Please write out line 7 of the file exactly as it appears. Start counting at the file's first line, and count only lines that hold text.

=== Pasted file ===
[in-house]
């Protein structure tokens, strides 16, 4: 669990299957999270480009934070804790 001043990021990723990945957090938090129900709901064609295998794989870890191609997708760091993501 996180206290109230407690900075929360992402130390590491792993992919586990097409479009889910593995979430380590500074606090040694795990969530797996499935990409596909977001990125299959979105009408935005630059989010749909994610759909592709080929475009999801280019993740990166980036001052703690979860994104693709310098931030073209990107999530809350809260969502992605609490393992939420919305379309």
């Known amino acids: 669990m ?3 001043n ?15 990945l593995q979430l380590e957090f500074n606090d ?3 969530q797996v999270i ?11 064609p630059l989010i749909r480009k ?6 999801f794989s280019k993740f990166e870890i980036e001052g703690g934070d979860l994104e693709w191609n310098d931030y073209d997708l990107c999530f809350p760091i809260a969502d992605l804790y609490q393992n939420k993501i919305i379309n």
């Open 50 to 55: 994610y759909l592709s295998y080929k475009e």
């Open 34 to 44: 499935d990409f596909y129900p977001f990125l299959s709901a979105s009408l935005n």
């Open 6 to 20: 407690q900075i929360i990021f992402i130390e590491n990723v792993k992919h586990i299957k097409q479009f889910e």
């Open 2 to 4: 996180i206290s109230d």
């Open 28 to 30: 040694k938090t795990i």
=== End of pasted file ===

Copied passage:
């Open 2 to 4: 996180i206290s109230d």